Besides age (32 years ancient vs 25 years young), hunger (one wants to establish himself as a serious baller, one wants to establish a serious investment fund), athleticism (one can jump through the gym, one would rather finger roll), size (6’9" vs 6’6") and attitude (One loves kittens, the other... loves kittens. Note to stat geeks: No advantage either side in the Kitty Affection Category.), there’s the eye-popping detail of a player who can actually match up physically and athletically against the Wily Wings of the West.

Rudy Gay, Dirk Nowitski, Kevin Durant, Nick Batum, Andre Iguodala meet Mr. James Johnson.

Its high time that high scoring wings earned their points, instead of drooling so excessively at the sights of a feeble SF in purple and black (Greene, Garcia, Salmons and Omri before that), that the refs were inclined to stop play to mop up the spittle.

The Kings were the worst defense team in the league last year (104.4 points per game allowed, worst in NBA; 51.5% opponent FG%, worst in NBA).

James Johnson can defend with length and pride. Moreover, he has the semblance of an offensive repertoire, including slashing moves to the hoop, follow rebounds, and spot up or one-dribble looks.

Someone recently said James Johnson is Donte Greene who does what the coaches say. I'd put it differently. James Johnson appears to be Donte Greene with the ability to make plays. In other words, he is not Donte Greene.

Starting role granted. This is your time, James Johnson. Seize it.

<U>High Usage Rates Will Be Earned, Not Granted</U>

Engage in all the advanced statistical analysis you like, but the success of a team can be summed up by the efficiency of their highest usage players. In plain language, the guys who get the ball the most need to make the most of it. When they do, they win. When they don’t, they are the Sacramento Kings circa 2008-2012.

Let’s compare a few teams, their top 3 usage players, their respective and weighted PER ratings.

Heat (46-20) - NBA Champions
LeBron 33% Usage 31 PER
Dwyane 30% Usage 26 PER
Bosh 21% Usage 19 PER
Weighted PER of Top Three = 12.2 + 9.3 + 4.75 = 26.25 PER

OKC (47-19) - NBA 1st Runner-Ups
1. KD 33% Usage PER 26.3 PER
2. Westbrook 31% Usage 23.0 PER
3. Harden 22% Usage 21.1 PER
Weighted PER of Top Three = 10.1 + 8.3 + 5.4 = 23.5 PER

Pacers (42-24) 5th playoff seed
1. Granger 26% Usage 18.7 PER
2. Hibbert 21% Usage 19.4 PER
3. West 21% Usage 17.8 PER
Usage Weighted PER of Top 3 = 7.2 + 6.0 + 5.5 = 18.7 PER

76ers (35-31) 8th Playoff Seed
1. Lou Williams 27% Usage 20.2 PER
2. Holliday 22% Usage 14.7 PER
3. Young 22% Usage 18.9 PER
Weighted PER of Top 3 = 7.7 + 4.6 + 5.9 = 18.2 PER

(Note: Iguodala was one of the 76ers top 3 players, but his impact was defense, and did not rank as a top usage player. Holiday had a mediocre PER, but contributed with strong defense too. Will include in analysis. Chose teams randomly. Do not want to cherry pick data.)

(22-44) 5th worst team in NBA
1. Cousins 30% Usage 21.7 PER
2. Tyreke 24% Usage 16.5 PER
3. Thornton 23% Usage 17.4 PER
Weighted PER of Top Three = 7.5 + 5.4 + 5.1 = 18.0 PER

Hornets (21-45) 4th worst team in NBA
1. Kaman 27% Usage 15.42 PER
2. Landry 24% Usage 18.3 PER
3. Jack 23% Usage 18.0 PER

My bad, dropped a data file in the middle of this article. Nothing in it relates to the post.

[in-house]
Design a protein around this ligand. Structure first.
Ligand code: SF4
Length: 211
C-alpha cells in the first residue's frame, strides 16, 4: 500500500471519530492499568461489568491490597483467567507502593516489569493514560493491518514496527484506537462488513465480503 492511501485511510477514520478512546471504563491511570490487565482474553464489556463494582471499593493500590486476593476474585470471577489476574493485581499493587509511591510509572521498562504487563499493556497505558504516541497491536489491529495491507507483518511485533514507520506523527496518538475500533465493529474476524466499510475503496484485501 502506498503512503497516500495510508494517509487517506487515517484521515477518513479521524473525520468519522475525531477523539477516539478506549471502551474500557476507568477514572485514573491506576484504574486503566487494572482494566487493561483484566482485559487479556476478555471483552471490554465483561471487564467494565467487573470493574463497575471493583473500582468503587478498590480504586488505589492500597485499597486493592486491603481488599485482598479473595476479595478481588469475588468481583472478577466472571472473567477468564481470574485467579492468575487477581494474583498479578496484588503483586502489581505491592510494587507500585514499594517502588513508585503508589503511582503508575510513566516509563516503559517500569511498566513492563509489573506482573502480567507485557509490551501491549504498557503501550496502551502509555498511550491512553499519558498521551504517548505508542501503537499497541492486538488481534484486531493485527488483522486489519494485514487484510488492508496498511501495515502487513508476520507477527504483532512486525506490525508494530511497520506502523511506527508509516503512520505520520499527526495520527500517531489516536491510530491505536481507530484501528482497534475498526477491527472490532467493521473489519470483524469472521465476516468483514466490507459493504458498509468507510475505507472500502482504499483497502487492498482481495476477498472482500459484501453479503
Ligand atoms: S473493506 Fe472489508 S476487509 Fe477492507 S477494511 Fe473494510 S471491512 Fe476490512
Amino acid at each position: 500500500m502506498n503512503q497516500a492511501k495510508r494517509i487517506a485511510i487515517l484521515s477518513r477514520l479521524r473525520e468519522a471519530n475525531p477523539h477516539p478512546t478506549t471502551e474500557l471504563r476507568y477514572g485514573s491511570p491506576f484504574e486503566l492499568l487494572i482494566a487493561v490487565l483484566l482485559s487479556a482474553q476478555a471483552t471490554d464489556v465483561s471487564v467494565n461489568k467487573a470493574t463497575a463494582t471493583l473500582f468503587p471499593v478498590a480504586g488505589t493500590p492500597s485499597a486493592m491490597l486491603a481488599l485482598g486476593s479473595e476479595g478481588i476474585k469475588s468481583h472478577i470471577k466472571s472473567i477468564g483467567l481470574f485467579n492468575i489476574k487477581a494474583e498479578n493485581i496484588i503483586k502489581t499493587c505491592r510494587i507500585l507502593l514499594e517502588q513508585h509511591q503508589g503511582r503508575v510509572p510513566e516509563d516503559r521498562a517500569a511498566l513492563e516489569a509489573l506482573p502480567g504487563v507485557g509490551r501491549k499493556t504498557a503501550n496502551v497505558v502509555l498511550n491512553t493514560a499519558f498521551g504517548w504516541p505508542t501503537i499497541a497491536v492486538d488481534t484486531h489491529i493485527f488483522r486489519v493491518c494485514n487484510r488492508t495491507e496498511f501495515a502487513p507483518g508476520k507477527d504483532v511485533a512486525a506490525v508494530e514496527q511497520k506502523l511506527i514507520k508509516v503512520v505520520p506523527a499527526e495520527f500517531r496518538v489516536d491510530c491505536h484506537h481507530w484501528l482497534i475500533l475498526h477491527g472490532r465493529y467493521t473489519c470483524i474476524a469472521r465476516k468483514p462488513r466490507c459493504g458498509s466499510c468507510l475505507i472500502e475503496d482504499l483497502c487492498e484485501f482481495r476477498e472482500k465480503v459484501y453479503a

Weighted PER of Top Three = 5.6 + 6.2 + 5.8 = 17.6 PER

If you were expecting the expected, your expectations were met, expectantly. (lol) There is nothing profoundly revealing above. The go-to studs on a given team dictate success. There is a high correlation between the players who get the ball often, their level of efficiency, and the subsequent success of the team. (The one qualifier here is that defense is not accounted for as well as ideal to measure a player’s effectiveness, though steal and shot block rates are included in PER.)

Regardless, there are a couple of interpretations that bode well for the prospects of the Kings.

Gone are the days of 1/4 flat. Gone too are the days of isolation ball, if we are to believe mostly our eyes so far in two preseason games, and our ears with regards to the expressly stated philosophy of Coach Smart, and the way he will exhort his team to play.

If the share-the-ball mentality comes to fruition, we would anticipate a slight drop in the usage rate of the Top 3, with a corresponding increase in their efficiency. (This needs to happen, because as the stats above reveal, a collective PER of at least 18.0 is required to be a playoff contender, higher if the team is below average defensively.)

Thornton, Tyreke and Cousins will still get their touches, but with more capable teammates at their disposal (T-Rob, Johnson, Brooks, a slimmer Hayes and an improved Jimmer), and an unselfish style of playing, PERs of the Top 3 should increase to the level of playoff challenger.

There’s another perspective to take:

It’s time to step up, Tyreke, Marcus and DeMarcus. Even if your lesser talented teammates let you down, its time to achieve legitimate star status. If you want to justify your usage rate, take your game to a new level. The stats above indicate you were not good enough last year. If role players were three day-old wheat loaf bread, you were day-old cinnabons.

Its time to get fresh, Kings.

A 16.5 PER is not bad. A 16.5 PER with a 24% usage rate doesn’t cut it, Tyreke Evans. Its not playoff caliber basketball.

Cousins improved dramatically in his second season. He is on an express track to all-star status. Yet his PER was somewhat exaggerated by his board work (11.0 RPG, 4th in NBA), offsetting a below average FG% (45%), assist to turnover ratio (0.6), and foul rate (league leading 4.0 PG). Thornton produced slightly below playoff level for a player of his usage, with too many early leak outs, occasional matador defense, assist rate (only 1.9 PG) and 3 point percentage (34.5%) not indicative of his talent level.

In summary, our Big Three need to play better, or defer to capable teammates.

Do one. Do the other. Better yet, do both!

This will be the message from Coach Smart to his team. Unity, teamwork, pride, accountability and unselfishness in the context of improved individual play. If the message is received, and there’s no reason it should not be, the Kings will be competing for playoff spot in March.

Excuse me, its getting late. I need to go stand in the corner to catch a few zzz’s.

Good night, and God Bless the Sacramento Kings, except that one guy.

<U>Part Two of the Blob Season Preview - Coming Soon!!!</U>

In Search of Synergy

The Sumo Hayes Grace Period

A Back Court Quandary Solved

The Starting Five Revealed


(This is a FanPost from a member of the Sactown Royalty community. The views expressed come from the member, and not Sactown Royalty staff.)